How Agriculture Shaped Malaria Resistance in Ancient Eastern Arabia

According to a recent study, people in ancient Eastern Arabia seem to have been resistant to malaria once agriculture was established in the area about 5,000 years ago.

How Agriculture Shaped Malaria Resistance in Ancient Eastern Arabia

Image Credit: University of Birmingham

Three samples had the malaria-protective G6PD Mediterranean mutation, which was discovered through a DNA study of the bones of four people from Bahrain during the Tylos period (300 BCE to 600 CE), the first ancient genomes from Eastern Arabia.

The identification of the G6PD Mediterranean mutation in ancient Bahrainis raises the possibility that a large number of the prehistoric inhabitants of the area were protected from malaria. According to the study, the G6PD mutation is found in the Emirates at the highest frequency among the currently-analyzed populations.

Researchers have found evidence of ancient tribes from Anatolia, the Levant, and the Caucasus/Iran among Bahrain's Tylos-period residents. The four Bahrainis shared higher genetic similarities with modern people from Iraq and the Levant than with Arabians.

Experts from Liverpool John Moores University, the University of Birmingham Dubai, and the University of Cambridge worked with the Bahrain Authority for Culture and Antiquities and other Arabian institutes such as the Mohammed Bin Rashid University of Medicine and Health Sciences, Dubai, as well as research centers in Europe, including Université Lumière Lyon 2, Trinity College Dublin, and others. The group published the research findings in the journal Cell Genomics.

According to our estimates, the G6PD Mediterranean mutation rose in frequency around five-to-six thousand years ago - coinciding with the onset of agriculture in the region, which would have created ideal conditions for the proliferation of malaria.”

Rui Martiniano, Study Lead Researcher, John Moores University

No ancient DNA from Arabia has been sequenced to date due to poor ancient DNA preservation in hot and humid conditions, which makes it impossible to examine the genetic genealogy of its former populations directly.

By obtaining the first ancient genomes from Eastern Arabia, we provide unprecedented insights into human history and disease progression in this region. This knowledge goes beyond historical understanding, providing predictive capabilities for disease susceptibility, spread, and treatment, thus promoting better health outcomes.”

Marc Haber, Associate Professor, University of Birmingham

Fatima Aloraifi said, “The rich population history of Bahrain, and more generally of Arabia, has been severely understudied from a genetic perspective. We provide the first genetic snapshot of past Arabian populations – obtaining important insights about malaria adaptation, which was historically endemic in the region.”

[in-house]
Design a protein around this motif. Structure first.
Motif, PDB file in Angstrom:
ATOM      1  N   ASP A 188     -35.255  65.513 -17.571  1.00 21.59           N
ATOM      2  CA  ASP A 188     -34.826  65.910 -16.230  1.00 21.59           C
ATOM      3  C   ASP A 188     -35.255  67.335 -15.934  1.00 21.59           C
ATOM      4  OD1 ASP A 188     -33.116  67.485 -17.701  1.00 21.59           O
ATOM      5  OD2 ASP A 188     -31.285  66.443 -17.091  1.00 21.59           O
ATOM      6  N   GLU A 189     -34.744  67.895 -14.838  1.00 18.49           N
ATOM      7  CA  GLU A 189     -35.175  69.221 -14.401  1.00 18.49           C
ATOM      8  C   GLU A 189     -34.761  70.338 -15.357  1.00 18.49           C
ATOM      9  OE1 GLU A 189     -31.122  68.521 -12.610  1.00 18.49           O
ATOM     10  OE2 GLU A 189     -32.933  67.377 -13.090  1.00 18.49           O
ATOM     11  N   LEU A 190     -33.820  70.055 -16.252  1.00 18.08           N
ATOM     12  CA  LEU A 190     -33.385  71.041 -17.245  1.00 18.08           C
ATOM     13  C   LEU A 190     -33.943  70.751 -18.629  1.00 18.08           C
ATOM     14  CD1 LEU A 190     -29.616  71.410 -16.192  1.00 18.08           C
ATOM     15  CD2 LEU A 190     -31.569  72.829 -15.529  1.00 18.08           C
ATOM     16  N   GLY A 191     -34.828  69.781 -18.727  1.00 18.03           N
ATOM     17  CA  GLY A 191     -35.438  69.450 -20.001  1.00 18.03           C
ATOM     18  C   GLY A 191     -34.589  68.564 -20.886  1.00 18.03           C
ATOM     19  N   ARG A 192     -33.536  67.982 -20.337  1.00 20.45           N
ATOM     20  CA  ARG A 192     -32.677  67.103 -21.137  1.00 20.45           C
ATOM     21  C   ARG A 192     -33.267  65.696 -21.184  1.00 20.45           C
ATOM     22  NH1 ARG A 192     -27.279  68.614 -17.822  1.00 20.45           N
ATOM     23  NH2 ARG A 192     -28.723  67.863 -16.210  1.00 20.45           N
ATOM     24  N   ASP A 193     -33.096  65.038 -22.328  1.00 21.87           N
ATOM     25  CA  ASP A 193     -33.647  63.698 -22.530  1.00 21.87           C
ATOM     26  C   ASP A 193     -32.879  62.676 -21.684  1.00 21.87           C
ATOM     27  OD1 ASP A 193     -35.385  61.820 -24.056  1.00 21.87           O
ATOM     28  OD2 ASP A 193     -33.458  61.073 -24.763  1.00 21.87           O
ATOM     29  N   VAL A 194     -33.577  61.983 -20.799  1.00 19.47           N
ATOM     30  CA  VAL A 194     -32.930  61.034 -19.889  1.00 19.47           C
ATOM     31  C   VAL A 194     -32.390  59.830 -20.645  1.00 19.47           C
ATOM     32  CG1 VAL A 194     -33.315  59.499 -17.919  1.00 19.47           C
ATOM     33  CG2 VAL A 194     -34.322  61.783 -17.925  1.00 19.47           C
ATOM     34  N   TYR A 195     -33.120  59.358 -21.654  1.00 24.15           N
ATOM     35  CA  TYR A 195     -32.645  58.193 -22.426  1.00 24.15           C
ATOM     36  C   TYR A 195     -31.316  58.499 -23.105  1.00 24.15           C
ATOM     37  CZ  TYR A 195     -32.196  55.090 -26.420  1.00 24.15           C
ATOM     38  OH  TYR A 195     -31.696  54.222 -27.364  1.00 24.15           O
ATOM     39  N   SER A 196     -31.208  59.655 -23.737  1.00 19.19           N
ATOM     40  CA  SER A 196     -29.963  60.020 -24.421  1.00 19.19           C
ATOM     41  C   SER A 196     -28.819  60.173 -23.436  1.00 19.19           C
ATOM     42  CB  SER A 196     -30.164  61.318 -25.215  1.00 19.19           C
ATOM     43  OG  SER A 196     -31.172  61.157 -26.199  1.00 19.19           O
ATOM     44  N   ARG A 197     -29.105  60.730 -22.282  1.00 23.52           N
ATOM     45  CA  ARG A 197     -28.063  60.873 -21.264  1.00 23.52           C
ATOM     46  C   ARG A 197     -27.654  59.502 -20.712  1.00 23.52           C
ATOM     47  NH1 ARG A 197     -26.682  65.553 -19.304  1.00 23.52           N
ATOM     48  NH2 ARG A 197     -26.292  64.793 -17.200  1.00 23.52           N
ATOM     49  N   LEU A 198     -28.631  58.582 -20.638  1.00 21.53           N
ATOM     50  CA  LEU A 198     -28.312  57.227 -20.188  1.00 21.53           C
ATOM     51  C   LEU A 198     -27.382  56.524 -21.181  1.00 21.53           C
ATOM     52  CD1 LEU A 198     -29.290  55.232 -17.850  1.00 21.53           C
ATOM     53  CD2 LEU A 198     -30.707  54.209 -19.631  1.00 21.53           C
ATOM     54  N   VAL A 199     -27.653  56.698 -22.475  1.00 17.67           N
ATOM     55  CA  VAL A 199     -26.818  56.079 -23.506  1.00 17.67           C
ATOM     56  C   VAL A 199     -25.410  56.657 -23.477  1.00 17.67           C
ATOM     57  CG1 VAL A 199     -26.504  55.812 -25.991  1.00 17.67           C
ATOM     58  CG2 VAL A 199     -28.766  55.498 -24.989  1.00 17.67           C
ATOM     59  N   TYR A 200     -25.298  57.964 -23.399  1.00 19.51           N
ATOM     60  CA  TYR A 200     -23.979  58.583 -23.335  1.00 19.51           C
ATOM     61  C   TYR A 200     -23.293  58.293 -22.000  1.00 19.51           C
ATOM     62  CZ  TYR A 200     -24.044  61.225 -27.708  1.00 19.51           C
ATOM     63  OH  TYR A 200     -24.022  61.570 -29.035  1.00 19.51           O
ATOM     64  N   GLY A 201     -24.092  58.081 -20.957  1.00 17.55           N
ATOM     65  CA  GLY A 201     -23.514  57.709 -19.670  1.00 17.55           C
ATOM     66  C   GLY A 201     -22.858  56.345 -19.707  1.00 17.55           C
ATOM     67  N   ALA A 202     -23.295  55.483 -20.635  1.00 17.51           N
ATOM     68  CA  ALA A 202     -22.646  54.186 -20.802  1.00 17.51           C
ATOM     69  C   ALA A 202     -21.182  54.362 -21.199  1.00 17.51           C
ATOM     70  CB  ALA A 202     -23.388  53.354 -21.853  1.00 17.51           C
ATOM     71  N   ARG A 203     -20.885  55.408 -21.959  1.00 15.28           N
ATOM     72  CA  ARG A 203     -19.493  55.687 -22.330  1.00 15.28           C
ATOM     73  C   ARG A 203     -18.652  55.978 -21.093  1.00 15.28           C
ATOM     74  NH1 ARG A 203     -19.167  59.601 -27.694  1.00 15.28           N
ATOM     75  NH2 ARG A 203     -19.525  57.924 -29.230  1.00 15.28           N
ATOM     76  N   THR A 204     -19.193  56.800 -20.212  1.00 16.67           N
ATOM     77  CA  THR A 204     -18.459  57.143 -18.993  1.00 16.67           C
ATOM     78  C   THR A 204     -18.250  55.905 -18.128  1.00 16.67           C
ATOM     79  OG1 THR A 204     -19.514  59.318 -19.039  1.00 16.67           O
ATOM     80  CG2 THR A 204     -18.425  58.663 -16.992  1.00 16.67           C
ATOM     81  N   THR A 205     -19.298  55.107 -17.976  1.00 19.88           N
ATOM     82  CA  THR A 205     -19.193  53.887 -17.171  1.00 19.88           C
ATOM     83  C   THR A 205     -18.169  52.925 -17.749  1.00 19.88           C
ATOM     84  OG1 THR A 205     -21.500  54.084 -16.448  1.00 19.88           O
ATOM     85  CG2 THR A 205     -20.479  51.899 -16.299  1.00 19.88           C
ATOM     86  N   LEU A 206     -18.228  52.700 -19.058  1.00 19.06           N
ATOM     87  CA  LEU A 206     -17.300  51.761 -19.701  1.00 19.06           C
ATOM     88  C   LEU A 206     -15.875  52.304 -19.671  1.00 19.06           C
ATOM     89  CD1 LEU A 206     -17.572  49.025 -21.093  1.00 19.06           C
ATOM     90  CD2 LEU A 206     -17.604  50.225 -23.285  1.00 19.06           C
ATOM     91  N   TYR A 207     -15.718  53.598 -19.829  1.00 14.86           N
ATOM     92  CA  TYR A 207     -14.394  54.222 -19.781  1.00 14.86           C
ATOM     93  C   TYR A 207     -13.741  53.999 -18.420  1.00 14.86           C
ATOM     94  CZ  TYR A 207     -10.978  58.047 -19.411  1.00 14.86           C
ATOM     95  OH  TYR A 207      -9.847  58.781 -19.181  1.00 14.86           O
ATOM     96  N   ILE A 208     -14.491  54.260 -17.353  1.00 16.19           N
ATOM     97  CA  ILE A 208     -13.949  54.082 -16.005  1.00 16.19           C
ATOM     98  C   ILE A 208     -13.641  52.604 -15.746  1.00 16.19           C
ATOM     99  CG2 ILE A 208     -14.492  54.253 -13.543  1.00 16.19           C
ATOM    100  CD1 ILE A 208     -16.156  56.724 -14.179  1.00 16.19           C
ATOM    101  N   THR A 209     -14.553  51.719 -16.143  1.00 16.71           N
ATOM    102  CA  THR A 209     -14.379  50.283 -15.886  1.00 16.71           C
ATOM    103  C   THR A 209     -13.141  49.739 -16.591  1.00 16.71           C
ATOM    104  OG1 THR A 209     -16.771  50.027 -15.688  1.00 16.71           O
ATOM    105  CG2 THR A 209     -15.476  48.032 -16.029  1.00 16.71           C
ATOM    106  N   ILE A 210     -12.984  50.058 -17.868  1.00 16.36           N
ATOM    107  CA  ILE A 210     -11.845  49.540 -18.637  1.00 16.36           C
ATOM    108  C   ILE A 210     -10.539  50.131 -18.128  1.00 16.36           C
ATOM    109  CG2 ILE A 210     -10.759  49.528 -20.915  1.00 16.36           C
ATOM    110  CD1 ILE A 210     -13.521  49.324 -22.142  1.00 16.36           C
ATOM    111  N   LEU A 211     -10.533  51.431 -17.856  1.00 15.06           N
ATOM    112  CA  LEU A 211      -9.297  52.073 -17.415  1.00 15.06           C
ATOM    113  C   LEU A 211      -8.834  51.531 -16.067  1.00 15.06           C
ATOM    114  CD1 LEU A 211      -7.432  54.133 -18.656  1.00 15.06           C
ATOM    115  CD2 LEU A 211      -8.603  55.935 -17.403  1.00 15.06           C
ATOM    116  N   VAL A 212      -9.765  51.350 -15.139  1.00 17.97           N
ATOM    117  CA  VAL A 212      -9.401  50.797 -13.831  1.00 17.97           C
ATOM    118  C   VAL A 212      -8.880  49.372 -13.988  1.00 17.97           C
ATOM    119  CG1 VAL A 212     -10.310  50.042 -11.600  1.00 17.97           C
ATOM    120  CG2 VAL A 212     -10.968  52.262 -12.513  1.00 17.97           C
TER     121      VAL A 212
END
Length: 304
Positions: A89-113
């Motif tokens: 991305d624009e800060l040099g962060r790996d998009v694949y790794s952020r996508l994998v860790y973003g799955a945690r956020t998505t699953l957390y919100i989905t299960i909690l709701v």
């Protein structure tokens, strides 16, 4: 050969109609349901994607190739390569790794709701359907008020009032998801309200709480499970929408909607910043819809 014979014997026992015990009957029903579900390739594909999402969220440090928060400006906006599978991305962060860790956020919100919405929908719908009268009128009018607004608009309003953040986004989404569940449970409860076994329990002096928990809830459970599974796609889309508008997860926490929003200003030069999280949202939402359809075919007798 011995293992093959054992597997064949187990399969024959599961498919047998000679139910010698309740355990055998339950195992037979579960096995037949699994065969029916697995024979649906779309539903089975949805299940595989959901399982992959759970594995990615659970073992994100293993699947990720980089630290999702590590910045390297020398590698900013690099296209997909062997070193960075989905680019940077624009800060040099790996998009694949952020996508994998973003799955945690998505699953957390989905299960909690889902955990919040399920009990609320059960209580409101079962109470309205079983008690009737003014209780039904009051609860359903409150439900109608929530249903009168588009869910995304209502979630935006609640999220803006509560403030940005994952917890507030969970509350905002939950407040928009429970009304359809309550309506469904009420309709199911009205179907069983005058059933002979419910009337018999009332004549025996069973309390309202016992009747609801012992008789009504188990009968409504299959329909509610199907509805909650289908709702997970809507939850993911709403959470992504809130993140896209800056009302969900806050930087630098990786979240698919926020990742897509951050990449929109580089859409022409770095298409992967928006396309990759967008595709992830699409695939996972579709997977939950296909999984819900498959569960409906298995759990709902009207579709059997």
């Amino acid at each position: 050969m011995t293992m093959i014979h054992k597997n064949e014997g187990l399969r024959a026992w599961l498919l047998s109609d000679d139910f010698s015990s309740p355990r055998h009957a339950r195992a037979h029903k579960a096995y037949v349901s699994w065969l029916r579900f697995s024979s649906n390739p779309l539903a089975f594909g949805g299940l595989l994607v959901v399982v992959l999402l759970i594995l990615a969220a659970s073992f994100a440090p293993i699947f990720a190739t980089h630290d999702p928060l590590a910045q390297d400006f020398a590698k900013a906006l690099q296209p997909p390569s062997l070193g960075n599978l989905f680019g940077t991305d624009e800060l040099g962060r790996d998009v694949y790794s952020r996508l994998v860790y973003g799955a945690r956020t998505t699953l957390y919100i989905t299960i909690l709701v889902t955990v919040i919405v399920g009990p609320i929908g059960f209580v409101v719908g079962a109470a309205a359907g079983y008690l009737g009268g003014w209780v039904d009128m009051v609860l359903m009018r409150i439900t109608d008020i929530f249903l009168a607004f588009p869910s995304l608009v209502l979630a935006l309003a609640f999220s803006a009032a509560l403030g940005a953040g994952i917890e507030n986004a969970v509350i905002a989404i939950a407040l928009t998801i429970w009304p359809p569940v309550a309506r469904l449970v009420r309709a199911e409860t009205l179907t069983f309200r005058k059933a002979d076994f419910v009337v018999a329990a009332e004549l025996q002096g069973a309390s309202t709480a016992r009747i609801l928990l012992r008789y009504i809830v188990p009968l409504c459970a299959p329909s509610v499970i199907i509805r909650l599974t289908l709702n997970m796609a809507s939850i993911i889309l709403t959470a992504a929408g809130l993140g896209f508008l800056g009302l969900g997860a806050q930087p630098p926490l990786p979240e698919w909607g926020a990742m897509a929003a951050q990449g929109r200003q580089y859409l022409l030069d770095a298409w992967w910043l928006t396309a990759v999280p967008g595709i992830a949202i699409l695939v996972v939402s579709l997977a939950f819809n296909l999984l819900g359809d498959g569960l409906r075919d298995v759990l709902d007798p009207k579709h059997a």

Our study also paves the way for future research that will shed light on human population movements in Arabia and other regions with harsh climates where it is difficult to find well-preserved sources of DNA.”

Salman Almahari, Director, Antiquities and Museums, Bahrain Authority for Culture and Antiquities

Researchers were able to characterize the genetic makeup of the pre-Islamic inhabitants of the region through the investigation of the bones of the four individuals. These insights were discovered through data that could only have been obtained by directly examining ancient DNA sequences.

Archaeological collections kept at the Bahrain National Museum provided the ancient human remains that researchers collected. Only four of the 25 people whose DNA they extracted had higher coverage sequencing because of inadequate preservation.

Richard Durbin, from the University of Cambridge, who supervised the project, said, “It is exciting to have been able to analyze ancient human genetic data from the remarkable burial mounds of Bahrain. We would like to thank our colleagues in the Bahrain Authority for Culture and Antiquities for their support and contributions.”

While the DNA ancestry of Bahrain's Tylos-period inhabitants corroborates archaeological evidence of interactions between Bahrain and neighboring regions, the finding of malaria adaptation agrees with archaeological and textual evidence suggesting malaria was historically endemic in Eastern Arabia.

Source:
Journal reference:

‌Martiniano, R., et al. (2024) Ancient genomes illuminate Eastern Arabian population history and adaptation against malaria. Cell Genomics. doi.org/10.1016/j.xgen.2024.100507.

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